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  • Eric Marshburn

September 2023

As someone who enjoys learning new verbiage, recently (and much to my joy) I discovered the fabulous word, coddiwomple, which is a verb that means: “to travel in a purposeful manner towards an as-yet-unknown destination.” In truth, it sounds like the kind of word which has its origins in mythical Middle Earth. Personally, it rolls off my tongue and makes the corners of my mouth curl into just a hint of a smile. Say it with me … Coddiwomple. Further, it’s a word that reminds me of a former resident of Oxford, England (J.R.R. Tolkien) who famously noted that, “Not all those who wander are lost.”


Now “to travel in a purposeful manner towards an as-yet-unknown destination” sounds like some of the individuals and groups whose stories are shared in scripture. Abram and Sarai come to mind as an example. This childless couple left their settled and successful lives in the Fertile Crescent and took up residence in Haran. (Think western Turkey) Haran was interestingly the name of Abram’s brother, father of his nephew, Lot. Their father, Terah, moved the entire clan to the north after the son’s death and into a prominent Accadian city which took on his name: Haran. In the ancient language of that region the word meant, “parched” or “a road.” Abram’s father settled in Haran, making it a destination. But somehow God convinced Abram that it wasn’t a destination at all, but a road … a way to a promise.


So, there came a day when Abram (Abraham) and his entourage left Haran, heading south, and eventually passing through the city gates of Dan, (near the base of Mt Hermon). There they entered into a promised land. In many ways, they traveled toward a vague destination. In other words, Abraham and Sarah coddiwompled. They journeyed away from the known, the settled, the safe with only an extravagant promise; a pledge from God that they would one day have more descendants than the stars in the night sky. That’s quite a promise to be made to a ninety-nine-year-old fatherless wanderer and his ninety-year-old childless wife. This is how Genesis 17:3-8 frames it:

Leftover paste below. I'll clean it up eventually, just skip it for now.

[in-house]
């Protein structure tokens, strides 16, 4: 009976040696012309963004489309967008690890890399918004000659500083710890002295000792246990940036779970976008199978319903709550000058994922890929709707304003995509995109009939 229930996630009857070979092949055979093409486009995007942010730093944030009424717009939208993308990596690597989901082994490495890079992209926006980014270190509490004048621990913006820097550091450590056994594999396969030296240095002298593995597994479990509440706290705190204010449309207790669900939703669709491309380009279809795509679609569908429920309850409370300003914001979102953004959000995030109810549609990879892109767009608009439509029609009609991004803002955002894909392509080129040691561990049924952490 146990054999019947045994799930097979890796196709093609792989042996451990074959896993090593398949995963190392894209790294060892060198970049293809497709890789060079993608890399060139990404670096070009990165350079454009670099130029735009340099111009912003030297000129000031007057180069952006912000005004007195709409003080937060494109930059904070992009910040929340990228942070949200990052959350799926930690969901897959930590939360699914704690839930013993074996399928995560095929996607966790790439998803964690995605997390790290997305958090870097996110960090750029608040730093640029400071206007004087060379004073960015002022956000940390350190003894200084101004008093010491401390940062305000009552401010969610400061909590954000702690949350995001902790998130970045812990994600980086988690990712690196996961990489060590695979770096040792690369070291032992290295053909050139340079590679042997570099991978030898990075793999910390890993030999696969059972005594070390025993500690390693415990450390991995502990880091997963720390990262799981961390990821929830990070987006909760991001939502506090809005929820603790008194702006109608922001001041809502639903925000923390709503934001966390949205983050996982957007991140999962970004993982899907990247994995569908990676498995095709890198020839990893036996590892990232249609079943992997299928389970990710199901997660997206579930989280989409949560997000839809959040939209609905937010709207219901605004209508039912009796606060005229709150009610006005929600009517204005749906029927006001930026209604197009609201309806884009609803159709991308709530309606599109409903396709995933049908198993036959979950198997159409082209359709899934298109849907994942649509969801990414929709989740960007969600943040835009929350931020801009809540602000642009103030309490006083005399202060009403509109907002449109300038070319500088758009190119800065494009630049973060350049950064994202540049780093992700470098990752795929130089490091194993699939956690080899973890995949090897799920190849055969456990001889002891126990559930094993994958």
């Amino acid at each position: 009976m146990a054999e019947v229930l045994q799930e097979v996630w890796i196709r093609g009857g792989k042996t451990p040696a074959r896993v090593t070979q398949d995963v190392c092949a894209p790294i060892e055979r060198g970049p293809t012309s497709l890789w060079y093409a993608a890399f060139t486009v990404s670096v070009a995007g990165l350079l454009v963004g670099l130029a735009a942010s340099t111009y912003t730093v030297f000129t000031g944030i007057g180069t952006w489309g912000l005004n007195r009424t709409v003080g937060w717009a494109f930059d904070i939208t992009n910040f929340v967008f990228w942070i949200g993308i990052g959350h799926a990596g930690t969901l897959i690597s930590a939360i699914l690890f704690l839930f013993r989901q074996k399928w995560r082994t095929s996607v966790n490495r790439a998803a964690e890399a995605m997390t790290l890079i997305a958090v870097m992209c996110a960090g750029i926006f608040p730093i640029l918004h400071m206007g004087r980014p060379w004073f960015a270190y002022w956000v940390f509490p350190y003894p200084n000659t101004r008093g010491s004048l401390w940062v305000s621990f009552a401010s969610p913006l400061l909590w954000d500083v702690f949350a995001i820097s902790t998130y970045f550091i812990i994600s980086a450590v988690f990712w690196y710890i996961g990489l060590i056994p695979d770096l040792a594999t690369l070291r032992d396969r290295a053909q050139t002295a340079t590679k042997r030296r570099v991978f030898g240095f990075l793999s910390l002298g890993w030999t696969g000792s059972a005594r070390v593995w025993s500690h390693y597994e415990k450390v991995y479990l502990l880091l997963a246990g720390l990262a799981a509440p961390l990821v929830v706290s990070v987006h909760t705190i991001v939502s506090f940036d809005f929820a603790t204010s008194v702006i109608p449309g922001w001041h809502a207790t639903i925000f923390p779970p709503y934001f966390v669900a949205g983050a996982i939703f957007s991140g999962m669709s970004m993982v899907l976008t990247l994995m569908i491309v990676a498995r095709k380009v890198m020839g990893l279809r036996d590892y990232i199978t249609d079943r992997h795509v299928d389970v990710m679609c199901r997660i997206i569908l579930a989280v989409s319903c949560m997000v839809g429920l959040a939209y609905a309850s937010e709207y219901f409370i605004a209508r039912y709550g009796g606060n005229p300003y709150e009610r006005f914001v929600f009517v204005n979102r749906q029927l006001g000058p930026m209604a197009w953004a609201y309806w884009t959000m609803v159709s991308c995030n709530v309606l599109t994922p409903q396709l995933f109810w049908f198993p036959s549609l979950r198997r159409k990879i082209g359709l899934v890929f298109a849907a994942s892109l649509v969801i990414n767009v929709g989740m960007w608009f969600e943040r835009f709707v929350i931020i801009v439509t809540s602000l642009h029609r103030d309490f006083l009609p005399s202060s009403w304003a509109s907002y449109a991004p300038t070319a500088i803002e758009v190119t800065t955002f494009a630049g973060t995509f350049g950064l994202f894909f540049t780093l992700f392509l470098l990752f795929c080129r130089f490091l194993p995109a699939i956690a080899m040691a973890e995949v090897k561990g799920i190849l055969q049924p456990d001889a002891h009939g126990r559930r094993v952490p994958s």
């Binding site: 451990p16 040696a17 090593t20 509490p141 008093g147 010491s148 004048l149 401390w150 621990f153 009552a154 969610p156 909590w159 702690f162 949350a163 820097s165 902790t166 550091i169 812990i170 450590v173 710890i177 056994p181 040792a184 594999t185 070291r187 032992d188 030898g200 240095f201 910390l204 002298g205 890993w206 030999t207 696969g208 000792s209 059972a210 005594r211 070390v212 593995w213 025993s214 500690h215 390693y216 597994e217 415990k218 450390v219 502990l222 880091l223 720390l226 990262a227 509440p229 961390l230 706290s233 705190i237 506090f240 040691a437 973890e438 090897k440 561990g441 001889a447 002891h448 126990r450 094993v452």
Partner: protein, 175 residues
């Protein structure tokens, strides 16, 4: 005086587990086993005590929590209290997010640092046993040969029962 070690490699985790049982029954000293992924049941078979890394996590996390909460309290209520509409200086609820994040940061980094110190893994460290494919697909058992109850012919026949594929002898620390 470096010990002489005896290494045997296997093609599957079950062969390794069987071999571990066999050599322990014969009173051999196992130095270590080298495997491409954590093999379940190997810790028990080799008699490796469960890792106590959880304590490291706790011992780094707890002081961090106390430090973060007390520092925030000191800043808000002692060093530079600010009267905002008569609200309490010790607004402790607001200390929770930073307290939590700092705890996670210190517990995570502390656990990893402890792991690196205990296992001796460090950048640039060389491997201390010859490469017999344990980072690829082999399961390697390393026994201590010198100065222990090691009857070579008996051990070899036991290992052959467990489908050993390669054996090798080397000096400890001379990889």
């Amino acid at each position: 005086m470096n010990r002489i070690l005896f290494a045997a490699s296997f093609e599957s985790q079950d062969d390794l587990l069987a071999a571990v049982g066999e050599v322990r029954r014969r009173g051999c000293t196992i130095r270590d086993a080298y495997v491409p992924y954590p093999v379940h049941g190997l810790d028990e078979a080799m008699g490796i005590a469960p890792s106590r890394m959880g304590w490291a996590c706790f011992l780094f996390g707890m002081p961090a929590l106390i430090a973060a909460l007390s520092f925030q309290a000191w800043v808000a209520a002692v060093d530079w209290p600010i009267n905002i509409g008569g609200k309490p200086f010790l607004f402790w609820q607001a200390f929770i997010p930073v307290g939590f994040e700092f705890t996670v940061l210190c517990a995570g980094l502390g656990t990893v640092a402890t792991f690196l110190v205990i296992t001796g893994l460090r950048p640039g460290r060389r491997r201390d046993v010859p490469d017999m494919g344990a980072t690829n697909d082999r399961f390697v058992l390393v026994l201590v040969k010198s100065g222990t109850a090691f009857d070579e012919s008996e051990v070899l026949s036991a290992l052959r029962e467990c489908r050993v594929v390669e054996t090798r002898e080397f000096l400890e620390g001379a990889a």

“Then Abram fell on his face; and God said to him, ‘As for me, this is my covenant with you: You shall be the ancestor of a multitude of nations. No longer shall your name be Abram, but your name shall be Abraham; for I have made you the ancestor of a multitude of nations. I will make you exceedingly fruitful; and I will make nations of you, and kings shall come from you. I will establish my covenant between me and you, and your offspring after you throughout their generations, for an everlasting covenant, to be God to you and to your offspring after you. And I will give to you, and to your offspring after you, the land where you are now an alien, all the land of Canaan, for a perpetual holding; and I will be their God.’” ~Genesis 17:3-8


Eugene Peterson reminds us of another word found in the New Testament, a Greek word: Parepidemos (pilgrim, sojourner, stranger in a strange land). It’s a word that declares that the followers of God have a destiny and a destination. It is a metaphor with reference to heaven as the native country, one who sojourns on earth (a resident alien) in particular “going to God.”


Abraham and Sarah chose to believe a promise. They believed it was a promise from the Creator of the universe, and so they traveled in a purposeful manner towards an as-yet-unknown destination. Jesus sojourned among us, a stranger in a strange land. He came from God as a living promise and invites us to join him in a purposeful journey to God. Before Jesus appeared (a stranger in a strange land) the destination seemed a bit vague. But, in his coming among us, the Way has become clear. As Saint Catherine of Sienna once testified: “All the way to heaven is heaven because Jesus said, ‘I am The Way!’”


In Jesus, not all who coddiwomple are lost. We claim that our destination is not just a place, but a relationship with the Living God, made known to us.


Blessings and Peace!

Pastor Eric

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